Council in the News
Boston is a good place to start a tech company. Keeping it here is another story.
Questions about the state’s competitive standing have dominated the business discourse since voters approved the ‘millionaires tax’ in November
By Larry Edelman Globe Columnist, Updated May 12, 2023, 1:14 p.m.
For more than 70 years Massachusetts has nurtured tech companies despite its longstanding reputation as a high-tax, highly regulated, and expensive place to do business.
Digital Equipment, Analog Devices, and Lotus Development were among the trailblazers back in the day.
Today’s home-grown stars, launched around the turn of the century, include Akamai, Tripadvisor, and Wayfair.
And the startups keep on coming, companies you may never have heard of — yet.
(Not coincidentally, the Globe on Friday released its second annual Tech Power Players 50 list with profiles of the industry’s most influential and interesting leaders, financiers, and thinkers. You can browse through the ranking online or see it in the Globe Magazine.)
The tech ecosystem has thrived — attracting industry giants like Amazon and Meta — amid mounting concern that the state has become less appealing to entrepreneurs and more inhospitable to companies, whether they are emerging or long established.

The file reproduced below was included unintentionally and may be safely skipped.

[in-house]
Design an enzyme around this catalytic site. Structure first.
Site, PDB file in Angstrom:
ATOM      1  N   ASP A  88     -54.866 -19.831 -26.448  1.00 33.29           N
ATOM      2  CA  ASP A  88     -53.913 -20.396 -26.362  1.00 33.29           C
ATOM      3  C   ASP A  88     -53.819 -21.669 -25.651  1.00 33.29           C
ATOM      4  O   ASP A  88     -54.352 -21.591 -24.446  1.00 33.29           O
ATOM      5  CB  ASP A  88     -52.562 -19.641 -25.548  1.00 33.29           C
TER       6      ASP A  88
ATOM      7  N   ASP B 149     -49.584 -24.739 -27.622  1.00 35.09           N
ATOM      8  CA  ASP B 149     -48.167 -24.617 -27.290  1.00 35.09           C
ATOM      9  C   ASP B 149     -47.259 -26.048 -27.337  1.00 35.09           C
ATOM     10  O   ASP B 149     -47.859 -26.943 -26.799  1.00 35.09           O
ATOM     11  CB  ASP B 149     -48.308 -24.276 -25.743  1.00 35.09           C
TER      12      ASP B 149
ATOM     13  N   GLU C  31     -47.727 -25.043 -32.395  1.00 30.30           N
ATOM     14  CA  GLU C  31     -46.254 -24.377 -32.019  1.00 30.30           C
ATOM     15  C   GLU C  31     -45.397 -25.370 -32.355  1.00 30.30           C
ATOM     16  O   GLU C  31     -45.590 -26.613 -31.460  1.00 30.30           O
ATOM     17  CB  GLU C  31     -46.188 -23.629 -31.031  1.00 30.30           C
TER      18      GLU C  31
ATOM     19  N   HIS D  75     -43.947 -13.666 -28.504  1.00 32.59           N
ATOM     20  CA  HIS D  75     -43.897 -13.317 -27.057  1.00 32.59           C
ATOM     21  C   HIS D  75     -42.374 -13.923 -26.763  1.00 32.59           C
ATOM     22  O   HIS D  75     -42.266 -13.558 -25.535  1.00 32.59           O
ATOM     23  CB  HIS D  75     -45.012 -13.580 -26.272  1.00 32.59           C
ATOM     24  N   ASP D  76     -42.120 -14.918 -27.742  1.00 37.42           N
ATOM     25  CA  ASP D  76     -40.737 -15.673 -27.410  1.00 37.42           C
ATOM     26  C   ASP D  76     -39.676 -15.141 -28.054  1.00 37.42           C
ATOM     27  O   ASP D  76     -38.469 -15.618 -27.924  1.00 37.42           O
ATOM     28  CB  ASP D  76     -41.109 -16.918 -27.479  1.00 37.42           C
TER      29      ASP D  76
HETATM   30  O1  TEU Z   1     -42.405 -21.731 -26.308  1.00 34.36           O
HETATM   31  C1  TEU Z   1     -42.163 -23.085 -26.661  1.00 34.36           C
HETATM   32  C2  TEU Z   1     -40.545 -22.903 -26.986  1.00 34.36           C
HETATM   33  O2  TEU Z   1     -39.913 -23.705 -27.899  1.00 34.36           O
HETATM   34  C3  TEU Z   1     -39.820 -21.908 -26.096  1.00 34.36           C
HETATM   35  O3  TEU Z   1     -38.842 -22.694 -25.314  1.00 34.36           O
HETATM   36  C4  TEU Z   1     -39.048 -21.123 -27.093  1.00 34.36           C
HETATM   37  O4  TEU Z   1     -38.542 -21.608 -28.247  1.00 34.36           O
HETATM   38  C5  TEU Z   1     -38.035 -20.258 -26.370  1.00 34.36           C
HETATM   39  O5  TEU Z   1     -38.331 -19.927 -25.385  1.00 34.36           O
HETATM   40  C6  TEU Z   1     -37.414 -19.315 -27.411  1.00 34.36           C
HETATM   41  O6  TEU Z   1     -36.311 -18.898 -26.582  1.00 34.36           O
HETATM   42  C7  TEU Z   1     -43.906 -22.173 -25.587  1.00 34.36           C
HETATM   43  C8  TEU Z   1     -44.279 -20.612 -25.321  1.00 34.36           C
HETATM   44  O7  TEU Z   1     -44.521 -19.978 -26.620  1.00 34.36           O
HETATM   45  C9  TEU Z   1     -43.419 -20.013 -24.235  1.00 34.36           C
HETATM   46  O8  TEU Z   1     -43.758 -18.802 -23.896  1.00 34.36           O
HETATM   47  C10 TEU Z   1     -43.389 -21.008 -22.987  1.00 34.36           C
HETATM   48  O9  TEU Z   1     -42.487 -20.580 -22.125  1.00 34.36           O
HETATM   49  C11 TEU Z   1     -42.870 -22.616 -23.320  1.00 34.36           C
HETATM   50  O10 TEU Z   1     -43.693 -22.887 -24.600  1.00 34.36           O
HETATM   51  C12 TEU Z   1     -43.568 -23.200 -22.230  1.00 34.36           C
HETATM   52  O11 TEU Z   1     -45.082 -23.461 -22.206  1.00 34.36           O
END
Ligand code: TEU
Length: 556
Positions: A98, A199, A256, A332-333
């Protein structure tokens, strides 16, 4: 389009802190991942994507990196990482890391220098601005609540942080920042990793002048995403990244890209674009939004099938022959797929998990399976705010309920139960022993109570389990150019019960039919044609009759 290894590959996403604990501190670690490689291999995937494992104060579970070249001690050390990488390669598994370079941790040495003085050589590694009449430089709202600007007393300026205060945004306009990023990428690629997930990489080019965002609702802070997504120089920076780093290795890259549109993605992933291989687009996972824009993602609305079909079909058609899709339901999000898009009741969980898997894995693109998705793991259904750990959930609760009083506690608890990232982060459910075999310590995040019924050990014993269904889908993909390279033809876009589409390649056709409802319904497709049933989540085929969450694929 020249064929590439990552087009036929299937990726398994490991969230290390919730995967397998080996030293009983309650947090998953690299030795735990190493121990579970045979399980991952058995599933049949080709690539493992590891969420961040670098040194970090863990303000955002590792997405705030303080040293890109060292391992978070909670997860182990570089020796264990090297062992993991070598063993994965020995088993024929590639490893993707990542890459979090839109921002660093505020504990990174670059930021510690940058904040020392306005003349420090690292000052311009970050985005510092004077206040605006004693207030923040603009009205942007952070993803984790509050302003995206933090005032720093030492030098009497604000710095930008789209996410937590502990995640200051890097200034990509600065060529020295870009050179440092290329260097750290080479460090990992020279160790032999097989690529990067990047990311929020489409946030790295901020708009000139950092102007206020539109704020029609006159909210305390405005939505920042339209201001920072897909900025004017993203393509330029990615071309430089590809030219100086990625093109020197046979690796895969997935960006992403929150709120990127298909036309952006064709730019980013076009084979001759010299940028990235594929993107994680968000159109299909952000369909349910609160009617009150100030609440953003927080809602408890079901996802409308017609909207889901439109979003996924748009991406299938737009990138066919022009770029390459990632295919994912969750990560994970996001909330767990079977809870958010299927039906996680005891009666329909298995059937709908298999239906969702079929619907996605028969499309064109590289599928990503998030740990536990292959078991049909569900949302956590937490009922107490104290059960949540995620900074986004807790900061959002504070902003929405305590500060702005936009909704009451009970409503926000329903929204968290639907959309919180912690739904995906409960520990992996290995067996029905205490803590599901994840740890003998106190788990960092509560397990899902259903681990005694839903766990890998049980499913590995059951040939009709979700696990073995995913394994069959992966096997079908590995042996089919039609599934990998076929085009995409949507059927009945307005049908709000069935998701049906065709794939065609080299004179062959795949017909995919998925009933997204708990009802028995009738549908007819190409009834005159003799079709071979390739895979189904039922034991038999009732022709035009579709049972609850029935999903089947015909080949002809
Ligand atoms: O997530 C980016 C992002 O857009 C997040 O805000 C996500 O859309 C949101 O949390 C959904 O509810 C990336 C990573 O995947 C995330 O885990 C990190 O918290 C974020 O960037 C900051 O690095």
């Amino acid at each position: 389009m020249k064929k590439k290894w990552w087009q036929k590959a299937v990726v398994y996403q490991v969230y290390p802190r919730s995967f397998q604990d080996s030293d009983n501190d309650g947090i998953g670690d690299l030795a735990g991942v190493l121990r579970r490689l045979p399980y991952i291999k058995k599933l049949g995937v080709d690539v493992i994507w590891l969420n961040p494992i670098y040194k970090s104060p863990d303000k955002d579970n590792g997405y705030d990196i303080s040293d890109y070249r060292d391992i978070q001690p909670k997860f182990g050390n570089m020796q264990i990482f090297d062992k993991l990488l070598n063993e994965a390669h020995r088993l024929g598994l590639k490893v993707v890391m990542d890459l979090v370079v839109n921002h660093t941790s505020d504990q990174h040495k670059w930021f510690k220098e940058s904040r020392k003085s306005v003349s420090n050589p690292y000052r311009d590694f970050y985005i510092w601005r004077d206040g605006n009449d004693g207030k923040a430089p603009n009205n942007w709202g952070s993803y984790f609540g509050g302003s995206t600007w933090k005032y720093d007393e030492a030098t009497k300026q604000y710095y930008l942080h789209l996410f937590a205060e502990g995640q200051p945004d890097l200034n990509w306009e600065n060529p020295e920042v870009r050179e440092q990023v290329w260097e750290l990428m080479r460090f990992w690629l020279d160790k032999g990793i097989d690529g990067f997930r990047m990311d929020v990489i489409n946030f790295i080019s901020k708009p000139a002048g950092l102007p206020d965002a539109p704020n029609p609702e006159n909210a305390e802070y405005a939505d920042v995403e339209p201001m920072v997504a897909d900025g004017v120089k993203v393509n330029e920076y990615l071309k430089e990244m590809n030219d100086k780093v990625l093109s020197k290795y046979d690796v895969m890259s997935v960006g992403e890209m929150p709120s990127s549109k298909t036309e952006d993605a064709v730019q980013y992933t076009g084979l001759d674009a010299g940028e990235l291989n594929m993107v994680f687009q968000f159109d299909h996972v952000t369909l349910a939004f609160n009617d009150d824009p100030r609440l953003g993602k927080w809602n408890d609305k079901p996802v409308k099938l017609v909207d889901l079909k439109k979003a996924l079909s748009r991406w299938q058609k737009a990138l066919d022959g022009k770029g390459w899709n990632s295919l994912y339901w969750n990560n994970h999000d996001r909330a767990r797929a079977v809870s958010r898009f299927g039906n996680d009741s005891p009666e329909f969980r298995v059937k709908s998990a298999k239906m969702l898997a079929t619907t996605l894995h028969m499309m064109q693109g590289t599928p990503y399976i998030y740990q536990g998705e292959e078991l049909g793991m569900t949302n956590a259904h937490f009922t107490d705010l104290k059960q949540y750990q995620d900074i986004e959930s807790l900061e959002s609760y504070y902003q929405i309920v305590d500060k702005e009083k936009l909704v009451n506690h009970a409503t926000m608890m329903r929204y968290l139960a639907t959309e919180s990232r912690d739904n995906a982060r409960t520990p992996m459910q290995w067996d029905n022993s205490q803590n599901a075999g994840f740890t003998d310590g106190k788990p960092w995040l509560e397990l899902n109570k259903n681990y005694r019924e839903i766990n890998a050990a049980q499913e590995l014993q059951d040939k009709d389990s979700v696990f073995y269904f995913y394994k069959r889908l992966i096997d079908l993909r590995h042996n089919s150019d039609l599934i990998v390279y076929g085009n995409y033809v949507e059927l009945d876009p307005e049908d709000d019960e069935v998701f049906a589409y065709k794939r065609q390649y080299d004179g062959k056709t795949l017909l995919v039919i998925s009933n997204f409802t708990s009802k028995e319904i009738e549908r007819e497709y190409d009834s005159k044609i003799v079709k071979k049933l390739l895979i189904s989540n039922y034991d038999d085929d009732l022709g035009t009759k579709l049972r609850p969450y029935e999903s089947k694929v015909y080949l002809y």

And questions about the state’s competitive standing — and loss of residents to other states — have absolutely dominated the business discourse since voters approved the controversial “millionaires tax” ballot proposal in November.
The new tax — a 4 percentage point surcharge on individual incomes of more than $1 million, with the revenue earmarked for transportation and education — was a big blow to the state’s competitiveness, said Christopher R. Anderson, president of the Massachusetts High Technology Council.
“We have to reverse the trend in the business climate,” he said. “We need to treat business creators differently.”
But supporters of the tax, including some tech industry leaders, argue that the state has long lost rich residents to low-tax locales like New Hampshire and Florida, and the effect on the state will be marginal.
“Our fixation on taxes on high income is a huge distraction from what we should focus on, which is how we actually become more competitive,” said Mohamad Ali, chief executive of IDG, a Needham-based technology and data company.
That, he said, includes “how we address our high cost of living — housing, education, child care, transportation, health care, energy — the real issues driving people away and hurting our businesses.”
It’s a list that was repeated almost item by item by Anderson. There is, it seems, a lot of room for agreement.
Which is good news, since tech is pivotal to the state’s economy. The sector accounted for nearly 9 percent of all jobs in 2021, the fourth-highest percentage in the country, according to industry group CompTIA. Tech companies generated almost 14 percent of the state’s economic output, third highest among states.